One with You Read Online by by Sylvia Day Page 110 You are reading novel One with You at Page 110 - Read Novels Online

One with You (Page 110)

“That’s a lie!”

Fury burned through me, made me restless with the need to move. But I held my ground, my gaze moving to Eva. This time, she nodded at me.

“What’s the lie, Mother? That I was raped? Or that you chose to ignore it?”

“Stop saying that!” she snapped, straightening. “I took you to be examined. I tried to find the proof—”

“Because my word wasn’t enough?”

“You were a disturbed child! You lied about everything. Anything. The most obvious things.”

“That gave me some control! I had no power over anything in my life—aside from the words that came out of my mouth.”

“And I was supposed to just magically divine what was truth and what was a lie?” She leaned forward, taking the offensive. “You were seen by two doctors. You wouldn’t let the one anywhere near you—”

“And have another man touch me there? Can you even grasp how terrifying that thought was to me?”

“You let Dr. Lucas—”

“Ah, yes. Dr. Lucas.” I smiled coldly. “Where did you get his name, Mother? From the man molesting me? Or from your doctor, who was overseeing his dissertation? Either way, he steered you right toward his brother-in-law, knowing the well-respected Dr. Lucas would say anything to protect the reputation of his family.”

She recoiled, stumbling back until she bumped into the chair behind her.

“He sedated me,” I went on, remembering it still. The prick of the needle. The cold table. The shame as he poked and prodded a part of my body that made me tremble with revulsion. “He examined me. Then he lied.”

“How would I know that?” she whispered, her eyes so strikingly blue in her pale face.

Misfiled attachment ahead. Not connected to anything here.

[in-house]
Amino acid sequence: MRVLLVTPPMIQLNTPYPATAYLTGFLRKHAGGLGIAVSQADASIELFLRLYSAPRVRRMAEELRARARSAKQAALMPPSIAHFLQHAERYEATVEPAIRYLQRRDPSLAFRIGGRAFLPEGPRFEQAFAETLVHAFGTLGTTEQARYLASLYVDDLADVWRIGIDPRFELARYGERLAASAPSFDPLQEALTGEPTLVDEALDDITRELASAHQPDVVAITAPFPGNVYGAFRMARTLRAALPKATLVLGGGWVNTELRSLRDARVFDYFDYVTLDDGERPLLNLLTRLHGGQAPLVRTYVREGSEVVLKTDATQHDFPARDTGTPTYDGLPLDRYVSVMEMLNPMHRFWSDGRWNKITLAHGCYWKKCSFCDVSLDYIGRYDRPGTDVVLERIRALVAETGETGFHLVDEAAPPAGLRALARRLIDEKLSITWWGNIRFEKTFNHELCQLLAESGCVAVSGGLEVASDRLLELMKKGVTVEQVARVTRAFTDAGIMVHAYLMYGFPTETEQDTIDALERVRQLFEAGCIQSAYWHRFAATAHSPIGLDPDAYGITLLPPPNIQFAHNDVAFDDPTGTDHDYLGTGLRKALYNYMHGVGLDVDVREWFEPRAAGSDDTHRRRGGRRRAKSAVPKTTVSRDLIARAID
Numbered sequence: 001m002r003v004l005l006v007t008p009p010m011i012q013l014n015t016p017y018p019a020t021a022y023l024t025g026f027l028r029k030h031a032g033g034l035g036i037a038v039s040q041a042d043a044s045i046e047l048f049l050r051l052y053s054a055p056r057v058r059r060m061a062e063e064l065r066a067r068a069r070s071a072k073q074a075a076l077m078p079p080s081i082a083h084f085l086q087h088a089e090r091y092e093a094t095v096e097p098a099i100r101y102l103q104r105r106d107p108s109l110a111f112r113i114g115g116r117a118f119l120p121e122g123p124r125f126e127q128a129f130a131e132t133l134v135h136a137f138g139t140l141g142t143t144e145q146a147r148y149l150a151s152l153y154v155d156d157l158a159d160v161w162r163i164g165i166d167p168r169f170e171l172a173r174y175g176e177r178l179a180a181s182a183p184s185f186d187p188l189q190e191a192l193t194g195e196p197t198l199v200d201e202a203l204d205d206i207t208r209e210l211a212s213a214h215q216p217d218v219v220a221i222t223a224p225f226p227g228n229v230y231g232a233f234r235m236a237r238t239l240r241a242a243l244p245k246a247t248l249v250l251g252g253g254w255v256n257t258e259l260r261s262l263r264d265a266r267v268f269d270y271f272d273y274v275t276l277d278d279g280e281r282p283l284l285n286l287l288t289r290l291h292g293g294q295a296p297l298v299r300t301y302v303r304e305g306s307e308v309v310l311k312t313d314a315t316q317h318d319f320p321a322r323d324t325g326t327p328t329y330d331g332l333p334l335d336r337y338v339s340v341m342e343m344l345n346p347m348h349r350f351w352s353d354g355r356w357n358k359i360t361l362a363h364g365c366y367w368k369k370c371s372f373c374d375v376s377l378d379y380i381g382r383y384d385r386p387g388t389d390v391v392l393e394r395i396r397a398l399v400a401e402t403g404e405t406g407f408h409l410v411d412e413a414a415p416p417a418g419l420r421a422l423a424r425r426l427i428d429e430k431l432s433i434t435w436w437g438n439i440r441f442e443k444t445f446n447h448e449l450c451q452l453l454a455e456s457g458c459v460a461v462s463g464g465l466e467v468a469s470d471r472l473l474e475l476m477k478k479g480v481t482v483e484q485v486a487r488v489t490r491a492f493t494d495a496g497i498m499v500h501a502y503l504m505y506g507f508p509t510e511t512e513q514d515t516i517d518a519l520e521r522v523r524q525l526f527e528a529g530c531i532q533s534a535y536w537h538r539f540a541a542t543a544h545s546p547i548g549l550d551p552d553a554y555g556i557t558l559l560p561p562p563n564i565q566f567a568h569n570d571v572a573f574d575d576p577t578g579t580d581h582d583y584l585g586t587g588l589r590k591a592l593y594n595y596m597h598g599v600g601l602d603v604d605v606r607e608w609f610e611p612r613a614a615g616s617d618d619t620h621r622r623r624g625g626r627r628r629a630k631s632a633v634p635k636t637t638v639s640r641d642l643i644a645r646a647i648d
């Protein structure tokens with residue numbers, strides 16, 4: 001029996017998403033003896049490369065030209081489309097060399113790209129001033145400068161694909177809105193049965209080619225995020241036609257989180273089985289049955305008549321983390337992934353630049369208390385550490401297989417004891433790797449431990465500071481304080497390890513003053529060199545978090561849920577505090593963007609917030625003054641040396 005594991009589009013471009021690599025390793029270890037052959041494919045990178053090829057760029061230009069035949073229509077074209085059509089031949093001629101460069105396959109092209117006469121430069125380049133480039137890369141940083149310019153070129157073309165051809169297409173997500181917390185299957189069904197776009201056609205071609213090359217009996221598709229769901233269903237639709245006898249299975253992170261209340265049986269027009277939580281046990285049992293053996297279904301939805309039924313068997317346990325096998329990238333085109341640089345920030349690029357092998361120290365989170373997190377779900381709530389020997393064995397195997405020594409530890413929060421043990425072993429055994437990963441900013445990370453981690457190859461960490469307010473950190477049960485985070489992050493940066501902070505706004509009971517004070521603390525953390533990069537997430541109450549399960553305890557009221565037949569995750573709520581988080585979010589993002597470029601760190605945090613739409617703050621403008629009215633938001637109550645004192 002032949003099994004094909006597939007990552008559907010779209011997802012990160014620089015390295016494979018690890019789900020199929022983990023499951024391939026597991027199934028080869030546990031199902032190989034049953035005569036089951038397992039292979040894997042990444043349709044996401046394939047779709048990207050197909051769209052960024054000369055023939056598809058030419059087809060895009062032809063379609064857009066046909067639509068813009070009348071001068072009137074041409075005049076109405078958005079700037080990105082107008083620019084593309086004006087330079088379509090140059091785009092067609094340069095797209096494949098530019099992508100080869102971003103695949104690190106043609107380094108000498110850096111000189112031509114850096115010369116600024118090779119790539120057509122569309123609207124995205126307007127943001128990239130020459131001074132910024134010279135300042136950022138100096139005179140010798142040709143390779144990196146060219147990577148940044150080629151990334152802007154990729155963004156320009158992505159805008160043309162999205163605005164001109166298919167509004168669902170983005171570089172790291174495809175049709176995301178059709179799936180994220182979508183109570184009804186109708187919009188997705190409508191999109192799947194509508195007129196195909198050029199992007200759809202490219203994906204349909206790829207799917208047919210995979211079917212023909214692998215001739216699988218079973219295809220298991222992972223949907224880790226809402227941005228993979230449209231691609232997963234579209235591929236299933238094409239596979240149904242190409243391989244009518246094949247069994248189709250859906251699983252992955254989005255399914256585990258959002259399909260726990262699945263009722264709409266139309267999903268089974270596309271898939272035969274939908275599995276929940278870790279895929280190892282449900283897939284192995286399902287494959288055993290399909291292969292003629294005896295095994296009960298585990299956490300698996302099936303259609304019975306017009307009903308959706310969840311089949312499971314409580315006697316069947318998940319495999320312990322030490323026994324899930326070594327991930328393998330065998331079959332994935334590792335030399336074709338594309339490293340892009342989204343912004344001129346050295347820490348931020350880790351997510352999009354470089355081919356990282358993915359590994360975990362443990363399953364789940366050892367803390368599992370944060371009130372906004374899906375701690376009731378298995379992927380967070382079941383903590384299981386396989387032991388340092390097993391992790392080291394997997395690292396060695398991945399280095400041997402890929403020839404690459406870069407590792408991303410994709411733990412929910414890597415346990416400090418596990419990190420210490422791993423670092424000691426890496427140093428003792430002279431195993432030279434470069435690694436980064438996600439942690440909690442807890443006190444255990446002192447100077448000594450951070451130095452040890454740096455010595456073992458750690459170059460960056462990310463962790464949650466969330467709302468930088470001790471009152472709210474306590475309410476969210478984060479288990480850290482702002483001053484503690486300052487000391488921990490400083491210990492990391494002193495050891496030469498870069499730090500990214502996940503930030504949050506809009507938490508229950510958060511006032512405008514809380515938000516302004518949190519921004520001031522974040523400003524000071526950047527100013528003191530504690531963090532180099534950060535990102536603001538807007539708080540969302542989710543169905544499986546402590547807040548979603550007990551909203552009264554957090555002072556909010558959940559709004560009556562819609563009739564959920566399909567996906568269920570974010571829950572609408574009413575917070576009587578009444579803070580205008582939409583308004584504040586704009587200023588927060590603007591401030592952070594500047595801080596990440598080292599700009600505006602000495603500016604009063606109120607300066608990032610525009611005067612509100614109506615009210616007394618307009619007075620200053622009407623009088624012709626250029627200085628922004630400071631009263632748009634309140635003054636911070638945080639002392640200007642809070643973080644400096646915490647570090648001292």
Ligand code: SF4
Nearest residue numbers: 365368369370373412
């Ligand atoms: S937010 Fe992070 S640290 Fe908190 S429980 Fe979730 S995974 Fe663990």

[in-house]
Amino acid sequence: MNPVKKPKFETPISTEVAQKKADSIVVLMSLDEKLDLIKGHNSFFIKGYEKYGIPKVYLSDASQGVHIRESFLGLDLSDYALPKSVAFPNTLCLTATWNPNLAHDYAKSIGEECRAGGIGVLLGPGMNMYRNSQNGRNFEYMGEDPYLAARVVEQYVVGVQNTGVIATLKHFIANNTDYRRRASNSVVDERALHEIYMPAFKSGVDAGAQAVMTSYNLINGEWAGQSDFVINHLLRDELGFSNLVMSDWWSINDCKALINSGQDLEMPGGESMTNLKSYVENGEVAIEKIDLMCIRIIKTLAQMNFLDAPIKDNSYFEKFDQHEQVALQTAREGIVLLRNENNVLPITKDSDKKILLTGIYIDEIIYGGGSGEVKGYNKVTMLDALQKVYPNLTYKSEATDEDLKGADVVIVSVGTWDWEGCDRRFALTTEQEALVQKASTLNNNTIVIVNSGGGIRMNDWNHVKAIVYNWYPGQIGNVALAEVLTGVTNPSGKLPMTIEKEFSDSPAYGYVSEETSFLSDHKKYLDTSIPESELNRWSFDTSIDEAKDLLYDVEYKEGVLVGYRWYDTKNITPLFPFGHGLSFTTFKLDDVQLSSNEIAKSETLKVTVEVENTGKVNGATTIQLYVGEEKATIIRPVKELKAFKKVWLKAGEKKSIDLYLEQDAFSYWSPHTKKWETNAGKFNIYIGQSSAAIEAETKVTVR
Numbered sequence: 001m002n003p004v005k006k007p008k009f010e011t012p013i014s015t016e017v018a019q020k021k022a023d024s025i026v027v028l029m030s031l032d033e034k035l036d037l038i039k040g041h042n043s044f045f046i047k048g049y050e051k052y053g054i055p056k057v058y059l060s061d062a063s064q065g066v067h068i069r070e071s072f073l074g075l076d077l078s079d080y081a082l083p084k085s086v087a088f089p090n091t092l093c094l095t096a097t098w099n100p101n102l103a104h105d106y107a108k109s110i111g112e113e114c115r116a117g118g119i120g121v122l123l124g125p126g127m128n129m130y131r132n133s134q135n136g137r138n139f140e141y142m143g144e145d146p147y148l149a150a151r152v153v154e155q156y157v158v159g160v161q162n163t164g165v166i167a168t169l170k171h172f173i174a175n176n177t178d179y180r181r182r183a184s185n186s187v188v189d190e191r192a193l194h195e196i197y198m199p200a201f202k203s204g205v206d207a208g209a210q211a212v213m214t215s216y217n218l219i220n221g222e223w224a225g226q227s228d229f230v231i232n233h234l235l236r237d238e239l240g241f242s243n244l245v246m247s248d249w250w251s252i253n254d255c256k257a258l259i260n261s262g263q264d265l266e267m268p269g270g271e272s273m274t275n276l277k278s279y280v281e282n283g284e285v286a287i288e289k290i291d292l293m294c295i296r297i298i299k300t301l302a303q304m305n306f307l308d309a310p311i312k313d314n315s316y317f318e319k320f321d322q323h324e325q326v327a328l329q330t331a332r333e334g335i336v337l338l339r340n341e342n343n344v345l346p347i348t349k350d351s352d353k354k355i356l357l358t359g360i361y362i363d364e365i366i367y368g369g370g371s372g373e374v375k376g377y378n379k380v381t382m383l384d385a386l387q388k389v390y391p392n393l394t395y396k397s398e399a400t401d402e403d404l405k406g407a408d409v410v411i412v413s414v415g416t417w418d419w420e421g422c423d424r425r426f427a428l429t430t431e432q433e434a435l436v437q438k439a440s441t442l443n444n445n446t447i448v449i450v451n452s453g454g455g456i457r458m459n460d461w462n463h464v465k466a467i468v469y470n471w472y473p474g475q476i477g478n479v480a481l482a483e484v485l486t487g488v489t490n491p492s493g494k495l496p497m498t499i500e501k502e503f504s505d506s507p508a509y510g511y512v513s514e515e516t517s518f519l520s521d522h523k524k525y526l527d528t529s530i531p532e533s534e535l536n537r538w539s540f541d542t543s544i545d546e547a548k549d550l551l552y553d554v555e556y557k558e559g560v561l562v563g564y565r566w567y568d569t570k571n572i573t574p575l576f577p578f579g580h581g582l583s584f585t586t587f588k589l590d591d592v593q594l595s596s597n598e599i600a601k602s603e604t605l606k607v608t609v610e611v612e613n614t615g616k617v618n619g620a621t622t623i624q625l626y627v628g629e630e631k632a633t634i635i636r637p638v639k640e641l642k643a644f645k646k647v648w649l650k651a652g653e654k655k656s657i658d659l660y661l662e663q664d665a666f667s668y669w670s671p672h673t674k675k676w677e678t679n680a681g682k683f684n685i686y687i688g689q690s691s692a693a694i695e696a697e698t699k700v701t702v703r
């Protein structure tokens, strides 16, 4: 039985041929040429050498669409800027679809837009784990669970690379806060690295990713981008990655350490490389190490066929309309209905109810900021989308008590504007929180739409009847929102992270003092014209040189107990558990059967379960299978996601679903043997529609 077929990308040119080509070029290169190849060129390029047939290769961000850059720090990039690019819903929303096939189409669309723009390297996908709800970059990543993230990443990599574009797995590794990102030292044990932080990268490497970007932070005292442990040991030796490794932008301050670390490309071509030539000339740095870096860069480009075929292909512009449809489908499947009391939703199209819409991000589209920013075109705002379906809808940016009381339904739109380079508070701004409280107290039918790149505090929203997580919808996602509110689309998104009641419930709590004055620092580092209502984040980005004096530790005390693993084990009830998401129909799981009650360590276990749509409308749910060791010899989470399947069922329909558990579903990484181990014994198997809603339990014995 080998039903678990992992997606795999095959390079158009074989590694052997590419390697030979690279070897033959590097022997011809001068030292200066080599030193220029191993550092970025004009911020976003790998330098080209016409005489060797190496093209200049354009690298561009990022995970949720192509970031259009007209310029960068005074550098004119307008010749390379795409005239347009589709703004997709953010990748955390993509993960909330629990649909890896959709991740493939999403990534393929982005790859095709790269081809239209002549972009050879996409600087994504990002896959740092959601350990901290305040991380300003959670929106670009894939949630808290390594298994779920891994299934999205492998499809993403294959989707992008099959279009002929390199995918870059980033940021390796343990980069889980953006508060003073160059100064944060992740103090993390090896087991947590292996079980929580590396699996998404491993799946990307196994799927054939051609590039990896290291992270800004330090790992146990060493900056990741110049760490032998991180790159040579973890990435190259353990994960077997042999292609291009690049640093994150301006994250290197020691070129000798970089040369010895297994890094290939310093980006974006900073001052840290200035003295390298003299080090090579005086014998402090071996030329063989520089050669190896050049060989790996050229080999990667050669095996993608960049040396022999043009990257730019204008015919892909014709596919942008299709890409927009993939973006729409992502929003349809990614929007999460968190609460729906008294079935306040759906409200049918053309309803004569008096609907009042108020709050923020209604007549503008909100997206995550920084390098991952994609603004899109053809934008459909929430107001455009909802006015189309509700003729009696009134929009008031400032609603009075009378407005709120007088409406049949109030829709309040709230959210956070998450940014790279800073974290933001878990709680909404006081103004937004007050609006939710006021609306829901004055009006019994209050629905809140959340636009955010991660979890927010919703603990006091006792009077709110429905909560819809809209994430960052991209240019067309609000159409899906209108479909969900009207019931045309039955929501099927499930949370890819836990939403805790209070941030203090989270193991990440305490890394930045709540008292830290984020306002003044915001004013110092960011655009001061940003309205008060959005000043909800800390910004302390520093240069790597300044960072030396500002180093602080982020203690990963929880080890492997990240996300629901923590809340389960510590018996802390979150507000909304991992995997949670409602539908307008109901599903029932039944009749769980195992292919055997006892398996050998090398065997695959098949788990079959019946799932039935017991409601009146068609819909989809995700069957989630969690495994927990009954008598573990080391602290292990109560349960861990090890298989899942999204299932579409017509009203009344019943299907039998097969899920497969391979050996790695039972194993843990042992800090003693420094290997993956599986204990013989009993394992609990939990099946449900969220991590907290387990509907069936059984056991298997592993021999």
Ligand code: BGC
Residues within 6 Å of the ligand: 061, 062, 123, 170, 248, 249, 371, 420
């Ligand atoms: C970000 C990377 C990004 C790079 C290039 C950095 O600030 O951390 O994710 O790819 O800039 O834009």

“You knew,” I said flatly. “I remember your face afterward, when you told me Hugh wasn’t coming back and to never bring it up again. You could barely look at me, but when you did, I saw it in your eyes.”

I looked at Eva. She was crying, with her arms wrapped tight around herself. My eyes stung, but she was the one who wept for me.

“Did you think Chris would leave you?” I wondered aloud. “Did you think it was too much for your new family to take? For years, I thought you told him—I heard you mention Dr. Lucas to him—but Chris didn’t know. Tell me what reason a wife would have to keep something like that from her husband.”

My mother didn’t speak, just shook her head over and over, as if that silent denial answered everything.

My fist hit my desk, rattling everything on top of it. “Say something!”

“You’re wrong. Wrong. It’s all twisted up for you. You don’t …” She shook her head again. “It didn’t happen that way. You’re confused …”

Eva stared at my mother’s back with a visible, heated rage. Loathing tightened her mouth and jaw. It hit me then that I could let her carry that burden for me. I had to put it down. I didn’t need it anymore. Didn’t want it.

I had done the same for her in a different sense, with Nathan. The action I’d taken had chased the shadows from her eyes. They lived in me now, as they should. She’d been haunted by them long enough.

My chest expanded on a deep, slow breath. When I let it out, all the anger and disgust went with it. I stood there for a long moment, absorbing the dizzying lightness I felt. There was grief, a profound anguish that burned in my chest. And resignation. A clarifying, terrible acceptance. But it weighed on me so much less than the desperate hope I’d harbored: that one day my mother would love me enough to accept the truth.

That hope was dead.

I cleared my throat. “Let’s end this. I won’t be going to see Corinne. And I won’t apologize for telling the truth. I’m done with that.”

My mother didn’t move for a long moment.

Then she turned away from me without a word and walked to the door. A moment more and she was gone, lost on the other side of the frosted glass.

I looked at Eva. She started toward me and I went to her, rounding my desk to meet her partway. She hugged me so tightly I could hardly breathe.

But I didn’t need air. I had her.

13

As I straightened Gideon’s bow tie, I asked, “Are you sure you’re okay?”

He caught my wrists and applied steady, solid pressure.

The familiar authoritative grip spurred a conditioned response. It grounded me. Heightened my awareness of him, of me. Of us. My breathing quickened.

“Stop asking.” His voice was soft. “I’m fine.”

“When a woman says she’s fine, it means she’s anything but.”

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